Digital camera vs. camcorder vs. digital camcorder - help

I would like to buy a digital camera… something that can take pics that will print out well at 5x7. Preliminary research tells me I need 3.1 megapixels, roughly, for that to be realistic.

I also want to get a camcorder, since the one we have been using thus far is now gone (long story, Pit-material, perhaps!).

Anyway, is there a solution that would allow me to take digital pictures with the camcorder? I see this advertised, but I can’t quite picture how it would work. The digital camera would have a serial or USB connection to transfer JPG or other format files to the PC. How the heck would the camcorder do it, and what format woulf they be in?

I’m posting this as a GQ because I’m not looking for “best camera” suggestions (although such a hijack wouldn’t kill me) but rather for a cogent explanation of the process of taking still pics with a digital camcorder.

  • Rick

Many digital camcorders will take still images. The CCD sensor in a video camera is roughly the same as one in a still camera, so you are effectively recording one frame at a time, rather than the ~30 per second for a moving image. If you are looking for an image in the 3 megapixel range, though, a camcorder will not cut it. Digital video signals are (IIRC) 512 vertical lines, max, meaning your image will have a vertical resolution of 512 pixels, and a horizontal resolution of about 700, which ain’t even close to 1 megapixel.

As to the restr of your question, still images on video cameras are usually stored as JPEGs, although any decent image-editing program can convert between any number of formats. Digital video cameras use the IEEE 1394 or “firewire” to transfer data, which is much faster than serial or USB.

I assume it would work pretty much the same as with a digital camera, substituting the tape in the camcorder for the memory card in the digital camera. Most digital cameras have Firewire ports for transferring to computers – some also have Memory Stick or other cards. The format would be jpeg.

The problem with still pictures from a camcorder is one of resolution. Camcorders capture pictures for display on a TV which doesn’t need a resolution greater than 640 x 480 (modulo HDTV). So the camcorders will typically only capture still pictures at that resolution, although some are now capturing in the 1 Megapixel range. Not enough, as you say, for a 5x7 print.

Here’s some pictures from a review over at Steve’s Digicams (a good review site for digital cameras in general). http://www.steves-digicams.com/2001_reviews/pc110/samples/010607-0041-45.jpg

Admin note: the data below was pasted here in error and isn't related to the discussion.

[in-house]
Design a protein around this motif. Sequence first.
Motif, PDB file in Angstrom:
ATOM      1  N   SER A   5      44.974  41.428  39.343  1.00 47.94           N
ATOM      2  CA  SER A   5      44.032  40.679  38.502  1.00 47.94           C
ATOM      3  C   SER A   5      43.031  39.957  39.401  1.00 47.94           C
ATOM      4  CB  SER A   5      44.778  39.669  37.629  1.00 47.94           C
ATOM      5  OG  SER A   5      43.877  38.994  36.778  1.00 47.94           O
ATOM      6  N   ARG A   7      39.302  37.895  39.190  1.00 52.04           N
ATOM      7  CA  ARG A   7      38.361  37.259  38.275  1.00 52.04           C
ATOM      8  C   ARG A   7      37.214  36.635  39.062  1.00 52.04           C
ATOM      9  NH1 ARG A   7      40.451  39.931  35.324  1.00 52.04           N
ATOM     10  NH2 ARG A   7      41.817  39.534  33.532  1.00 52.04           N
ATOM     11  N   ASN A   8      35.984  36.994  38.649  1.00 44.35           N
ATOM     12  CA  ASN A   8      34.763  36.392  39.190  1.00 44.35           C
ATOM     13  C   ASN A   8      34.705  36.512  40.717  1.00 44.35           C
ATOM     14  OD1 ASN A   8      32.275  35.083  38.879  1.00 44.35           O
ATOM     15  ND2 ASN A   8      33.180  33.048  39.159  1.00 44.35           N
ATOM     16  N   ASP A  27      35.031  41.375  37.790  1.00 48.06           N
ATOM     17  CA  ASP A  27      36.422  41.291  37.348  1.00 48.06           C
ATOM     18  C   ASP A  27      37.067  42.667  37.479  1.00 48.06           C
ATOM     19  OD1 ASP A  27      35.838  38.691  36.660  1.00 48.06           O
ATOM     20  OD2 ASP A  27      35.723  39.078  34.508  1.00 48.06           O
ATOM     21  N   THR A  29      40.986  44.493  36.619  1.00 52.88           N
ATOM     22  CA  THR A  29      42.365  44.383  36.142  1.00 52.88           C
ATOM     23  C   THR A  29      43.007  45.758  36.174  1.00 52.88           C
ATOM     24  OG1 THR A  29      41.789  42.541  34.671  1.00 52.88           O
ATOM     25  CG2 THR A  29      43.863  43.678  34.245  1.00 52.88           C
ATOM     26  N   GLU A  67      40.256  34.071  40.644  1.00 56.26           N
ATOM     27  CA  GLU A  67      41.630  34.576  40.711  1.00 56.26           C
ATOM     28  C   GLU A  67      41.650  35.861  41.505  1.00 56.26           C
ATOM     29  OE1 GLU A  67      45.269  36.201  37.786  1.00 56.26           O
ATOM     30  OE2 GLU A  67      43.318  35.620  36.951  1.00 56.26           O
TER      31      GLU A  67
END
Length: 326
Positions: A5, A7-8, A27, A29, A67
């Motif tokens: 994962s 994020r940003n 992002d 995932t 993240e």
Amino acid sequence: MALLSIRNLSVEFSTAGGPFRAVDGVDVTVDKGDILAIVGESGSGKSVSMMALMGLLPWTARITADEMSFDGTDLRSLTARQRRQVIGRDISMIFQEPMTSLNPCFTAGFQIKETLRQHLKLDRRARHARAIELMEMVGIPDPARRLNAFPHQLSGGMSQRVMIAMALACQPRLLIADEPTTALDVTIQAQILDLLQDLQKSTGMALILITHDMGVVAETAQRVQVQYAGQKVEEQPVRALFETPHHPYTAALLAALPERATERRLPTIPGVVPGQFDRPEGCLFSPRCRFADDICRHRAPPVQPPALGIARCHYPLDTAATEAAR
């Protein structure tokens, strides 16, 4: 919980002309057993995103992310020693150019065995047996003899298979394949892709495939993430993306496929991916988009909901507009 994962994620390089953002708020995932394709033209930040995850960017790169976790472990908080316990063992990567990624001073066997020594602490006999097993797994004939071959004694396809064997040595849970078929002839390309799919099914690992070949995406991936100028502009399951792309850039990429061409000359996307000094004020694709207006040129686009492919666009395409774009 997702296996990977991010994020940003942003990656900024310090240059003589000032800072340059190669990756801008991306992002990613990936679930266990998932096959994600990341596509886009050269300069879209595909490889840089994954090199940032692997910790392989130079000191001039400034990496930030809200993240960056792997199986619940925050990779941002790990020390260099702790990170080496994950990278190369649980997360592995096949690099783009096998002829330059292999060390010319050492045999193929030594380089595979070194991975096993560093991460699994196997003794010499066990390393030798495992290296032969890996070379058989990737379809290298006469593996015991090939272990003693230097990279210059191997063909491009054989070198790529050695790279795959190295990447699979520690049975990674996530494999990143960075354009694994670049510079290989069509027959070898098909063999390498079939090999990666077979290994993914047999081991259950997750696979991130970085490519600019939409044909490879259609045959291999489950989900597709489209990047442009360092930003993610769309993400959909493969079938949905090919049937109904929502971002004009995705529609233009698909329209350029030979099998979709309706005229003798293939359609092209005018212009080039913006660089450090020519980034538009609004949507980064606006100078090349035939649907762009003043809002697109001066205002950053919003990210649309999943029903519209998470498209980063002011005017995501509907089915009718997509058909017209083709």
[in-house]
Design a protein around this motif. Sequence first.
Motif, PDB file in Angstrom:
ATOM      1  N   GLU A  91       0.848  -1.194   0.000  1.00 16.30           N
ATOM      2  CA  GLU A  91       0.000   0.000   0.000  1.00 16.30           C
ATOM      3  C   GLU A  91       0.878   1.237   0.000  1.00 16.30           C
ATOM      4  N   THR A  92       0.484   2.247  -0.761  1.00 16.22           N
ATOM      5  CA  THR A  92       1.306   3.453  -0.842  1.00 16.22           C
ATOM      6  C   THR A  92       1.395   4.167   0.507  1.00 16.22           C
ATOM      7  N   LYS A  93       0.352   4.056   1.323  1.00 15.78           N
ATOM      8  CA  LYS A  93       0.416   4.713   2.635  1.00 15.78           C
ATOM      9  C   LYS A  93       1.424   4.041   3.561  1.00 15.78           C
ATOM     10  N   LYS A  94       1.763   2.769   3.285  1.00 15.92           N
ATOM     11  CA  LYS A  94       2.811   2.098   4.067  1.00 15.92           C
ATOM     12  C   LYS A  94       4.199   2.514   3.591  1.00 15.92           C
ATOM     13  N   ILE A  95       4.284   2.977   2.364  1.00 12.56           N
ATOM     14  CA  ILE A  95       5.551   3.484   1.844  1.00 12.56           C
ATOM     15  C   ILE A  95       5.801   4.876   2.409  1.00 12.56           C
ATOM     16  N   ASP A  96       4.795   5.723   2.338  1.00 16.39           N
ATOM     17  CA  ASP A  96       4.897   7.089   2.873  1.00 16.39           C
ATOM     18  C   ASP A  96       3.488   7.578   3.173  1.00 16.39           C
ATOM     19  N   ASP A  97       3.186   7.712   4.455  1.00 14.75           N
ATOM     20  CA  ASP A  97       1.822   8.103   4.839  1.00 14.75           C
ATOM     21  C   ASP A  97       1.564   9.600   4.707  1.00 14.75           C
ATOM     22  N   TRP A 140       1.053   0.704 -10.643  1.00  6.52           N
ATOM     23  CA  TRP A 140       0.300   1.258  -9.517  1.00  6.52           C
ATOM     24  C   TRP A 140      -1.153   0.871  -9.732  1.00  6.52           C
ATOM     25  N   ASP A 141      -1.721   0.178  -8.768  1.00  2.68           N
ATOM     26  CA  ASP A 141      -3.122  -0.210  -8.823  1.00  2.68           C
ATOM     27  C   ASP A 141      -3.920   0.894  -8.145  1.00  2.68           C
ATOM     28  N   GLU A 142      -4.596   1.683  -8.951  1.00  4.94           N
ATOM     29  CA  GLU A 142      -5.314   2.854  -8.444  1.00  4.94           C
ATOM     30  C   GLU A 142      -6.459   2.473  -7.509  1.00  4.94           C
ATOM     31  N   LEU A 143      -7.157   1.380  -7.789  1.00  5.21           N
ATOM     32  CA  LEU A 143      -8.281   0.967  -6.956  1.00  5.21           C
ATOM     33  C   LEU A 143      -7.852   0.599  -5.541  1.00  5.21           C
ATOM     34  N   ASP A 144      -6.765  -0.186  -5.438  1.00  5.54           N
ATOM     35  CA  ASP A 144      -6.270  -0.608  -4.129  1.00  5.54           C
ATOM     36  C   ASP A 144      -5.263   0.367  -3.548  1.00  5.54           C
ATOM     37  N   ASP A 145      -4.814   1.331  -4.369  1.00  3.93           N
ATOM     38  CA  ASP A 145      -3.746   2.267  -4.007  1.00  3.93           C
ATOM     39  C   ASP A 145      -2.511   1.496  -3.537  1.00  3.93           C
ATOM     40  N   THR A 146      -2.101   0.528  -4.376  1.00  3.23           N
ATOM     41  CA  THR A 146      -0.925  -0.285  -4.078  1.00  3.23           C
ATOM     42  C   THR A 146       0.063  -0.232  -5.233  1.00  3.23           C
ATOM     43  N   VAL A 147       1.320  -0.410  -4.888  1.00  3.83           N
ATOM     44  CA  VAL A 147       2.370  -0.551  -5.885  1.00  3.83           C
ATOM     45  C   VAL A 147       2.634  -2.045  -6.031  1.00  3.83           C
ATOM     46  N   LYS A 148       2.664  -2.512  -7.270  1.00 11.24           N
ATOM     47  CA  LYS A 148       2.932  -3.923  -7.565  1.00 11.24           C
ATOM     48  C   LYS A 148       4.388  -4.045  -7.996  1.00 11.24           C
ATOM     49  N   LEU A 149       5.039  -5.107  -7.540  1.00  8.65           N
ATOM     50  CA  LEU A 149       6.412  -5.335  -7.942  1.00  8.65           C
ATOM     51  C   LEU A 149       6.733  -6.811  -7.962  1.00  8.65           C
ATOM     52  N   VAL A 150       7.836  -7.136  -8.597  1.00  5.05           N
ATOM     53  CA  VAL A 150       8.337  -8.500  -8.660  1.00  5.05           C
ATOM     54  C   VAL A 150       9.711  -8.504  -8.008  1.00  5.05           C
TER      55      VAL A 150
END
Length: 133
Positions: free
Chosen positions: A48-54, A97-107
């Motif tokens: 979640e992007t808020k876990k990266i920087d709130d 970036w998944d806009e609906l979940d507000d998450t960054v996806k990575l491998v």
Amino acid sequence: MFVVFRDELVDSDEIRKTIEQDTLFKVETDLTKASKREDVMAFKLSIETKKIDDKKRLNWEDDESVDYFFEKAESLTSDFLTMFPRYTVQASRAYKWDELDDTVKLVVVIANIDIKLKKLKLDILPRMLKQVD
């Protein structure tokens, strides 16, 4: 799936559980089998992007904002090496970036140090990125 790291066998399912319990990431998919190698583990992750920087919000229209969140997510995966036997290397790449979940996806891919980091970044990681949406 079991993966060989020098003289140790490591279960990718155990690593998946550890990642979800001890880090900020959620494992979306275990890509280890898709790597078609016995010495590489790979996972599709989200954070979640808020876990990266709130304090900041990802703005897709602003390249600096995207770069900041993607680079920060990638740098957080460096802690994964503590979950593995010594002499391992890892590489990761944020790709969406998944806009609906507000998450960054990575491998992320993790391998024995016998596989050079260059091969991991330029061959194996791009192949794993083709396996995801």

My personal recommendation would be to go for a separate digital camera if the budget can handle it. A camcorder is bulkier and heavier than a camera – not something you can stick in a shirt pocket or a briefcase and have available at a moment’s notice (which is when the good pictures happen).

And of course, you can get a very good point and shoot film camera for the price of a low-end digital camera (thereby transferring your costs to the film buying and developing end).

I assume it would work pretty much the same as with a digital camera, substituting the tape in the camcorder for the memory card in the digital camera. Most digital cameras have Firewire ports for transferring to computers – some also have Memory Stick or other cards. The format would be jpeg.

The problem with still pictures from a camcorder is one of resolution. Camcorders capture pictures for display on a TV which doesn’t need a resolution greater than 640 x 480 (modulo HDTV). So the camcorders will typically only capture still pictures at that resolution, although some are now capturing in the 1 Megapixel range. Not enough, as you say, for a 5x7 print.

Here’s some pictures from a review over at Steve’s Digicams (a good review site for digital cameras in general). http://www.steves-digicams.com/2001_reviews/pc110/samples/010607-0041-45.jpg

My personal recommendation would be to go for a separate digital camera if the budget can handle it. A camcorder is bulkier and heavier than a camera – not something you can stick in a shirt pocket or a briefcase and have available at a moment’s notice (which is when the good pictures happen).

And of course, you can get a very good point and shoot film camera for the price of a low-end digital camera (thereby transferring your costs to the film buying and developing end).